“How can I help it?” he asked. “The saints are kind to Jean, and they are not kind to me,—voilà tout!”

“The saints help those who help themselves,” retorted his mother. “Thou art a look-in-the-air. Jean keeps his eyes open, he has wit, and he notices.”

But such reproaches did not help Louis, or teach him anything. Habit is so strong.

“There!” cried his mother one day, when he came in to supper. “Thy cousin—thy lucky cousin—has again been lucky. He has found a truffle-bed, and thy aunt has sold the truffles to the man from Paris for a hundred francs. A hundred francs! It will be long before thy stupid fingers can earn the half of that!”

“Where did Jean find the bed?” asked Louis.

“In the oak copse near the brook, where thou mightest have found them as easily as he,” retorted his mother. “He was walking along with Daudot, the wood cutter's dog—whose mother was a truffle-hunter—and Daudot began to point and scratch; and Jean suspected something, got a spade, dug, and crack! a hundred francs! Ah, his mother is to be envied!”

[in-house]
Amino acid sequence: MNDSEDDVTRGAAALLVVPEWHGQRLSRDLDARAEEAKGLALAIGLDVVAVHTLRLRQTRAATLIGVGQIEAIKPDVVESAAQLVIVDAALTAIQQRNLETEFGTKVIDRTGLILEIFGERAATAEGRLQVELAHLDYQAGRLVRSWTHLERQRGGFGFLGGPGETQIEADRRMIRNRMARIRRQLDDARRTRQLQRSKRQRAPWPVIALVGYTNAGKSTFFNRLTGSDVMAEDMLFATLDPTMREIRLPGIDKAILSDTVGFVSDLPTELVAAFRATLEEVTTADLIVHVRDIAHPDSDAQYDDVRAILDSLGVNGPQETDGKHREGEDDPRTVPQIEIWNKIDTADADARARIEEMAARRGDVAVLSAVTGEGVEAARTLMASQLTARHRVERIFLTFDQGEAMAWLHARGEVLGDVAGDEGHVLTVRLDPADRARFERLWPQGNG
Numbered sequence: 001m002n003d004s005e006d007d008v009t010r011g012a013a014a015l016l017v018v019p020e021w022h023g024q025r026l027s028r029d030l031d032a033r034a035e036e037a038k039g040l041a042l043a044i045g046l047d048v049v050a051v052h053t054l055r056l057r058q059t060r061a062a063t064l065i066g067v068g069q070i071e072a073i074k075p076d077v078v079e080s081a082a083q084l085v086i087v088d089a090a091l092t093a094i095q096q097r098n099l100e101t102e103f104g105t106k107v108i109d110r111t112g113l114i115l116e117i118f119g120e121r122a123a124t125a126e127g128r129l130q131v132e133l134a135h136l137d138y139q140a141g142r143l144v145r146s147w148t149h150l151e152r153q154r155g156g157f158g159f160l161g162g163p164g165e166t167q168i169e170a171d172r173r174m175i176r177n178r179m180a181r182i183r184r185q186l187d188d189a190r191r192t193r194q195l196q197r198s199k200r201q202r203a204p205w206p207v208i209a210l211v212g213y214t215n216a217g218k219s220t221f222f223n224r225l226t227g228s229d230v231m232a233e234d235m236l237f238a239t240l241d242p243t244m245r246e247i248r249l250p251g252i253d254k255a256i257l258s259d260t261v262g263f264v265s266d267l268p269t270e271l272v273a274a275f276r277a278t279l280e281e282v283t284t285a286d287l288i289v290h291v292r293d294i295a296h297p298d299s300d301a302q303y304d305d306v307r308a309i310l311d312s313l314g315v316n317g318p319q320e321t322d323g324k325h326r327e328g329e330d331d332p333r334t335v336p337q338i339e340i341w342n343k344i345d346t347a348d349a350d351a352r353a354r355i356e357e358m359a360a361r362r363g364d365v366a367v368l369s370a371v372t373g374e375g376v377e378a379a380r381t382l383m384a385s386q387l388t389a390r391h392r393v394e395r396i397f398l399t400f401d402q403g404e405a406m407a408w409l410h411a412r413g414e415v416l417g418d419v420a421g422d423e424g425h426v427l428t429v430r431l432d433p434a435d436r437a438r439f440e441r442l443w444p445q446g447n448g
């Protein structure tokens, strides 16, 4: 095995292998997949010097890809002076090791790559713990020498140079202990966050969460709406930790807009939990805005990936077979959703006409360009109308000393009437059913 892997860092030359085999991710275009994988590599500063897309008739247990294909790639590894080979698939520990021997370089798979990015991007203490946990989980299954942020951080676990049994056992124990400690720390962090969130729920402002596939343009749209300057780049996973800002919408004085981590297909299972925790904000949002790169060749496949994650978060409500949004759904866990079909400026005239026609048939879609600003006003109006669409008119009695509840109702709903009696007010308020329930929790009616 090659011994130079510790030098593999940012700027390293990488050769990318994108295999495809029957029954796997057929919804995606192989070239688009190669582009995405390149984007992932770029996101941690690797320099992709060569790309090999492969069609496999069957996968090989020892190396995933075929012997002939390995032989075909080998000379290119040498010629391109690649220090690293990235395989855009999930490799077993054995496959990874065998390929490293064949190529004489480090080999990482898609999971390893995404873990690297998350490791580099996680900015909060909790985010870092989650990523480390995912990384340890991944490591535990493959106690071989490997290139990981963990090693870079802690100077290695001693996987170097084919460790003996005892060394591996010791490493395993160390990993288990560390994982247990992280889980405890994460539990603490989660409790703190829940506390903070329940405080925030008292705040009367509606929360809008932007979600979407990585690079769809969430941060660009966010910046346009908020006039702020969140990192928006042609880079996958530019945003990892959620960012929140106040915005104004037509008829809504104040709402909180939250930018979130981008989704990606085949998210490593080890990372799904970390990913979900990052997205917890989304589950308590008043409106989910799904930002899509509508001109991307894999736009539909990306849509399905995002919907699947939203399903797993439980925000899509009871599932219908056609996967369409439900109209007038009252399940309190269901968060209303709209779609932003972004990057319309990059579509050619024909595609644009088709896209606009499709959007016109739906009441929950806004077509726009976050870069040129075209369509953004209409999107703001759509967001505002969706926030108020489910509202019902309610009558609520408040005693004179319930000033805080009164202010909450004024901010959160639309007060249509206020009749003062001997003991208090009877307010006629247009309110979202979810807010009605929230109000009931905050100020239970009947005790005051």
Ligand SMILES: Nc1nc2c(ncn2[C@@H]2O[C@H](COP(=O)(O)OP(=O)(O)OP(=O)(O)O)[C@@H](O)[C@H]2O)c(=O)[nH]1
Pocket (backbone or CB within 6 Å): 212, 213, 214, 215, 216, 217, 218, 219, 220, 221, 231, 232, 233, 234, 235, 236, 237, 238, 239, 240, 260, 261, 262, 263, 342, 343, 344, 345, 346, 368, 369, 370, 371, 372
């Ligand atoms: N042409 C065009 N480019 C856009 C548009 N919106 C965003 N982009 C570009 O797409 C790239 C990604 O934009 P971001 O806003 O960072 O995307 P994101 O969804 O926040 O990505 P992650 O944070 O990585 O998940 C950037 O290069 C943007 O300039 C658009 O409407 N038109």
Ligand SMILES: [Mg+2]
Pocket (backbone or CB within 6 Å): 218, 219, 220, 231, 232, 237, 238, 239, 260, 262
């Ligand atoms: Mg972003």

“The oak copse! Near the brook!” exclaimed Louis, too much excited to note the reproach which concluded the sentence. “Why, I was there but the other day with Daudot, and I remember now, he scratched and whined a great deal, and tore at the ground. I didn't think anything about it at the time.”

“Oh, thou little imbecile—thou stupid!” cried his mother, angrily. “There were the truffles, and the first chance was for thee. Didn't think anything about it! Thou never dost think, thou never wilt. Out of my sight, and do not let me see thee again till bedtime.”

Supperless and disconsolate poor Louis slunk away. He called Daudot, and went to the oak copse, resolved that if he saw any sign of excitement on the part of the dog, to fetch a spade and instantly begin to dig. But Daudot trotted along quietly, as if there were not a truffle left in France, and the walk was fruitless.